Credential stuffing is a type of cyberattack in which the attacker collects stolen account credentials, typically consisting of lists of usernames or email addresses and the corresponding passwords (often from a data breach), and then uses the credentials to gain unauthorized access to user accounts on other systems through large-scale automated login requests directed against a web application.[1] Unlike credential cracking, credential stuffing attacks do not attempt to use brute force or guess any passwords – the attacker simply automates the logins for a large number (thousands to millions) of previously discovered credential pairs using standard web automation tools such as Selenium, cURL, PhantomJS or tools designed specifically for these types of attacks, such as Sentry MBA, SNIPR, STORM, Blackbullet and Openbullet.[2][3]

Credential stuffing attacks are possible because many users reuse the same username/password combination across multiple sites, with one survey reporting that 81% of users have reused a password across two or more sites and 25% of users use the same passwords across a majority of their accounts.[4] In 2017, the FTC issued an advisory suggesting specific actions companies needed to take against credential stuffing, such as insisting on secure passwords and guarding against attacks.[5] According to former Google click fraud czar Shuman Ghosemajumder, credential stuffing attacks have up to a 2% login success rate, meaning that one million stolen credentials can take over 20,000 accounts.[6] Wired Magazine described the best way to protect against credential stuffing is to use unique passwords on accounts, such as those generated automatically by a password manager, enable two-factor authentication, and to have companies detect and stop credential stuffing attacks.[7]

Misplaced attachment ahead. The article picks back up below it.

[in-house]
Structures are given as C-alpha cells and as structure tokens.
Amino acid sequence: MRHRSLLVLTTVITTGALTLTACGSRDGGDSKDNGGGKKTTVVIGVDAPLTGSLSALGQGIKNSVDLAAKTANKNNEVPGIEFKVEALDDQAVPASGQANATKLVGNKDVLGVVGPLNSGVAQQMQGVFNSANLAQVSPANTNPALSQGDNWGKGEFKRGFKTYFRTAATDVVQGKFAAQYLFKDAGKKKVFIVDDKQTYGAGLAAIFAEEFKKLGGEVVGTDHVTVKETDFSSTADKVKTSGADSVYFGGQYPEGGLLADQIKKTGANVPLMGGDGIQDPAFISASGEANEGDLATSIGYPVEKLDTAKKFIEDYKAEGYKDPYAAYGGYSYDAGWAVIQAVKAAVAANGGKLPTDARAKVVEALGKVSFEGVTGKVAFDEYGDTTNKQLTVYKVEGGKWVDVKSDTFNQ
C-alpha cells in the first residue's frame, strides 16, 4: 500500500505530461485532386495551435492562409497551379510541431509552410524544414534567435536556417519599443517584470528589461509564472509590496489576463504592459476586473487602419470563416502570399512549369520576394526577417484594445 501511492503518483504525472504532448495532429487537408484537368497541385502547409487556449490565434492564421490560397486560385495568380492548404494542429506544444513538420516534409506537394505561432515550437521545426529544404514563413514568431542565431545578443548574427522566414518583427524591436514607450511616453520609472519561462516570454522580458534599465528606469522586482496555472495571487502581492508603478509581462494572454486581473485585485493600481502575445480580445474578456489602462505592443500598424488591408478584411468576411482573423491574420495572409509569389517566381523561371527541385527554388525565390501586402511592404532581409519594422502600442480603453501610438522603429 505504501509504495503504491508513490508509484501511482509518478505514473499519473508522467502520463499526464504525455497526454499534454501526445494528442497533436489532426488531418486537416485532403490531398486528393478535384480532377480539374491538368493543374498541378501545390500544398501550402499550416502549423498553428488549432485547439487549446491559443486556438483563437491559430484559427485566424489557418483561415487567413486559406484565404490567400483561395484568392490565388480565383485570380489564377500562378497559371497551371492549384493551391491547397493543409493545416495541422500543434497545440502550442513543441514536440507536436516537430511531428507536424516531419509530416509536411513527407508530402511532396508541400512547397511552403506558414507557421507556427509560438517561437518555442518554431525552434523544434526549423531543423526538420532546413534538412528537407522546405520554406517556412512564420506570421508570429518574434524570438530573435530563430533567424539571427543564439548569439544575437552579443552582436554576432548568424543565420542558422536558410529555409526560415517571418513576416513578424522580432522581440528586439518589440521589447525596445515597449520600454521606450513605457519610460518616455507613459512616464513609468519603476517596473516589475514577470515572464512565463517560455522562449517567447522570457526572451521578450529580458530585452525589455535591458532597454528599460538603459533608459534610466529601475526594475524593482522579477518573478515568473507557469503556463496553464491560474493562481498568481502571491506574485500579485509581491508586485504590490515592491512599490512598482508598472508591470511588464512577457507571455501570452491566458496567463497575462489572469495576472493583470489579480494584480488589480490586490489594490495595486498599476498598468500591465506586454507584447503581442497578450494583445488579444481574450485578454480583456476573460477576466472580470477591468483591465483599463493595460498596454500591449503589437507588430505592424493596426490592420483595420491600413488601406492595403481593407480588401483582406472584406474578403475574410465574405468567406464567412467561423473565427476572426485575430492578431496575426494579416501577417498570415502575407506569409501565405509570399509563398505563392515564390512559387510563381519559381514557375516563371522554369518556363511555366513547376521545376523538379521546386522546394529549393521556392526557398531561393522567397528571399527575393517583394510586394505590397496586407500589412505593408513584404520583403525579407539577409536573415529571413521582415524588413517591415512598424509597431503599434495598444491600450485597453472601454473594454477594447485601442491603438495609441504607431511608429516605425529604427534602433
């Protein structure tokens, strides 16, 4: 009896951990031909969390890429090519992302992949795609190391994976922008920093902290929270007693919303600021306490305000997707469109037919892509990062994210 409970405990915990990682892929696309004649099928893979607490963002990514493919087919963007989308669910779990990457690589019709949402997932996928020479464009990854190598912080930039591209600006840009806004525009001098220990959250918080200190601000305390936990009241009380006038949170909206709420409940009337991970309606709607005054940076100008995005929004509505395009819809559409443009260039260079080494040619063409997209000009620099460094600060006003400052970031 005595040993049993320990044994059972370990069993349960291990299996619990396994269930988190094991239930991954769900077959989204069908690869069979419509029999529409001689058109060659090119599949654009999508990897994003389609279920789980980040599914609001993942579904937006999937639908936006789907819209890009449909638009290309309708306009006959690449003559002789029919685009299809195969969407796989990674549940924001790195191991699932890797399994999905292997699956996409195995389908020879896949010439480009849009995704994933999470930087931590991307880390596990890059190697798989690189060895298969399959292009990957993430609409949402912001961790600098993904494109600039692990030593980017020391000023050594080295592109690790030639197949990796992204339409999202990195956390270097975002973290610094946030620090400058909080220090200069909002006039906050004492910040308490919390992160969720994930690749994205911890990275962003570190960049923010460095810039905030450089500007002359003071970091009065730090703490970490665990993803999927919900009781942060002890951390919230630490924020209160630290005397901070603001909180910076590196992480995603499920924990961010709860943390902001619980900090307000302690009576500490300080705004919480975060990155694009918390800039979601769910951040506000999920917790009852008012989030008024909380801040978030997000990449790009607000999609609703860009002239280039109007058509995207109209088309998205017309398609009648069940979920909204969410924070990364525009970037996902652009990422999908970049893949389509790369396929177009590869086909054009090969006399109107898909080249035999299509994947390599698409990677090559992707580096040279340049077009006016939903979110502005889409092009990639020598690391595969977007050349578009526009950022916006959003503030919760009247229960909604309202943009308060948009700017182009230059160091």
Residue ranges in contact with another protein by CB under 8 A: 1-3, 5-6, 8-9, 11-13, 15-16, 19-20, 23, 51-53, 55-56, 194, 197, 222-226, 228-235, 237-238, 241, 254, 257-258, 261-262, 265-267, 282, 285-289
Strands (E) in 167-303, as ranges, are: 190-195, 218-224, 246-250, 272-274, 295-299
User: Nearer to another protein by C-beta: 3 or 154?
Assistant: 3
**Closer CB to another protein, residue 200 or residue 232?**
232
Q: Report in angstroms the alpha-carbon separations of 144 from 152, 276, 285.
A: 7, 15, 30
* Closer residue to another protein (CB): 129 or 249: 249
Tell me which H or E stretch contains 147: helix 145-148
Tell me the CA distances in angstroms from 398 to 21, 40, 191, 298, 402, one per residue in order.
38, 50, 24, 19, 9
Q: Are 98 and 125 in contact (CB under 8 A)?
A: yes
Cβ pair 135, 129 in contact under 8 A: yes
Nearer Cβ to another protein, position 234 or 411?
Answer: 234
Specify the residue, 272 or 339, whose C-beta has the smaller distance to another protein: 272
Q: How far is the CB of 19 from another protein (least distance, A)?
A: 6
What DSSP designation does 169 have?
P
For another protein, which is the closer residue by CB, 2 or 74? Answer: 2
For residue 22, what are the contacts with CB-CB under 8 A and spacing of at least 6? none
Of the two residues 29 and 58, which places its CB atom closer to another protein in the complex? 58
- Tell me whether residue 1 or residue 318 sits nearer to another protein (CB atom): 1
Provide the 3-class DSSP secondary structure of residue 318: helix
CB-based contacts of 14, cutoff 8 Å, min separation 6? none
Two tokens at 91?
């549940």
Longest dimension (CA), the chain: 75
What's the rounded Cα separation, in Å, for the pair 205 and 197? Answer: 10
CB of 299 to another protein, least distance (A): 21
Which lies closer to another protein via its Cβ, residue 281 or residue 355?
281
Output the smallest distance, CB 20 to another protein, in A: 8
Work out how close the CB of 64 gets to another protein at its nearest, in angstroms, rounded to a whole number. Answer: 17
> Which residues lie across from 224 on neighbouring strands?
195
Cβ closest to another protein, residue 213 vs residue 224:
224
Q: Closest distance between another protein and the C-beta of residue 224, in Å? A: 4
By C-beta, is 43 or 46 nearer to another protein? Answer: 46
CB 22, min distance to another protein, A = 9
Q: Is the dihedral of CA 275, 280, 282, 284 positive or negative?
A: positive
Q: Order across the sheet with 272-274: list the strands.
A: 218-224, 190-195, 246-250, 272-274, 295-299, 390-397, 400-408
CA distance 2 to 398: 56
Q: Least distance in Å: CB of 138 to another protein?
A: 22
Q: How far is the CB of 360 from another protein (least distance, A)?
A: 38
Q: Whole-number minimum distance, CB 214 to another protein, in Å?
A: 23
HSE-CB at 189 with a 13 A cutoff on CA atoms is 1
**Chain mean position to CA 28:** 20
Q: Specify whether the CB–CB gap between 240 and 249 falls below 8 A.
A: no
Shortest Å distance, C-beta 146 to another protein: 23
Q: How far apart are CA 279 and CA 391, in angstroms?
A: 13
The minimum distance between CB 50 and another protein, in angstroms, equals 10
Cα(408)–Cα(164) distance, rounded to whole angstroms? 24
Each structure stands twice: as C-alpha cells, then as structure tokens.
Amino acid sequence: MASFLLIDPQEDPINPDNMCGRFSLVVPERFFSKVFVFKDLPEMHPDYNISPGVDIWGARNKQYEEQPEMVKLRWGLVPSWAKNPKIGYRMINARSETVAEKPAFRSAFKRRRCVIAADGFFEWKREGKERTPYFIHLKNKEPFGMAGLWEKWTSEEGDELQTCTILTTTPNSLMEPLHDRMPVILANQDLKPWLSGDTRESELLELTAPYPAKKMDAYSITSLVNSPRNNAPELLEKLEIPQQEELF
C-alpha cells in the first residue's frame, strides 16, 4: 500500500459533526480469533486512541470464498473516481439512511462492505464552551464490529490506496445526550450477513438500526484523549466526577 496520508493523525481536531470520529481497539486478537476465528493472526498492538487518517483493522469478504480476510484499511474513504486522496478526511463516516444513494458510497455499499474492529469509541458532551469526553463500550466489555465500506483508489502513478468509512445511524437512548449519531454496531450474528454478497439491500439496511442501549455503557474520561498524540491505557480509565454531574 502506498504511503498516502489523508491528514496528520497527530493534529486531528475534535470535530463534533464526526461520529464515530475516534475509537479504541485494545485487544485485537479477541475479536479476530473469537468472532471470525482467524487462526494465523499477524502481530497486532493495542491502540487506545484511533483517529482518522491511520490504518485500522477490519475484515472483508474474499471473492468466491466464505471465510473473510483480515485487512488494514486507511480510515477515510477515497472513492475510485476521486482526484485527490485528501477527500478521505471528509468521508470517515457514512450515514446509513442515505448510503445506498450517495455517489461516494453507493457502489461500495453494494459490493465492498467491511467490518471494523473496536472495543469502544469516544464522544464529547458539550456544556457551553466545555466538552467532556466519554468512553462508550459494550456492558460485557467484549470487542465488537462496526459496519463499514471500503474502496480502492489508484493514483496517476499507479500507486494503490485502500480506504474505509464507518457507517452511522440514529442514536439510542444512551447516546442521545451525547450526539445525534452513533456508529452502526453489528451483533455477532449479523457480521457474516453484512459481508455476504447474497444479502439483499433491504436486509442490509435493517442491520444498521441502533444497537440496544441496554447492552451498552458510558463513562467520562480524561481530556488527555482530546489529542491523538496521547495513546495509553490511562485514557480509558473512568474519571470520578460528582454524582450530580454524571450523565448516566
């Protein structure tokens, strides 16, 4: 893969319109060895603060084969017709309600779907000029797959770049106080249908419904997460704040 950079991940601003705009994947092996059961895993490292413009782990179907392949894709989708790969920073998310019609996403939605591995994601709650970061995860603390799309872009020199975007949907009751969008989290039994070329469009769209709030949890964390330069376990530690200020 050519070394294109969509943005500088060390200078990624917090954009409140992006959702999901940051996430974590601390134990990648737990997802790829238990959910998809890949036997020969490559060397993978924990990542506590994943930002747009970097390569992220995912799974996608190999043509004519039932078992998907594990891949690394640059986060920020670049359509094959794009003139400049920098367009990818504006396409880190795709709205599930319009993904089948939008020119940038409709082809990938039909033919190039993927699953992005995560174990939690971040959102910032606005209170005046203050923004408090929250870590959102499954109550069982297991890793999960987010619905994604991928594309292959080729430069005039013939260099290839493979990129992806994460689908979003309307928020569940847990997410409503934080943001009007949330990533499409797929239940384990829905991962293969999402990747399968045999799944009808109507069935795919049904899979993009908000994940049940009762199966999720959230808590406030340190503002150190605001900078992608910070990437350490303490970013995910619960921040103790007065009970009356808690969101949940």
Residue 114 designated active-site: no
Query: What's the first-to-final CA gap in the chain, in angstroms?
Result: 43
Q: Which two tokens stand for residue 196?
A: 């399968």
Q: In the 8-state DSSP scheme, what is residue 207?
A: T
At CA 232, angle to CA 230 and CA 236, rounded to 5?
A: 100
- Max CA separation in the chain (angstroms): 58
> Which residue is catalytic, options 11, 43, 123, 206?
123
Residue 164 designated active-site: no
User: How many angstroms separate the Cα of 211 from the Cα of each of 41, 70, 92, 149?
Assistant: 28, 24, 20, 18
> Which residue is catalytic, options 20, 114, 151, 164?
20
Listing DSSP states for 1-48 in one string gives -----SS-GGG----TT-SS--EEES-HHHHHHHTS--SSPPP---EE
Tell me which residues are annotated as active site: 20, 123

Credential spills edit

A credential spill, alternatively referred to as a data breach or leak, arises when unauthorized individuals or groups illicitly obtain access to sensitive user credentials that organizations store. Such credentials frequently comprise usernames, email addresses, and passwords. The repercussions of credential spills can be significant, as they commonly subject users to a range of hazards, including identity theft, financial fraud, and unauthorized account infiltration.[8]

Credential stuffing attacks are considered among the top threats for web and mobile applications as a result of the volume of credential spills. More than three billion credentials were spilled through online data breaches in 2016 alone.[9]

Origin edit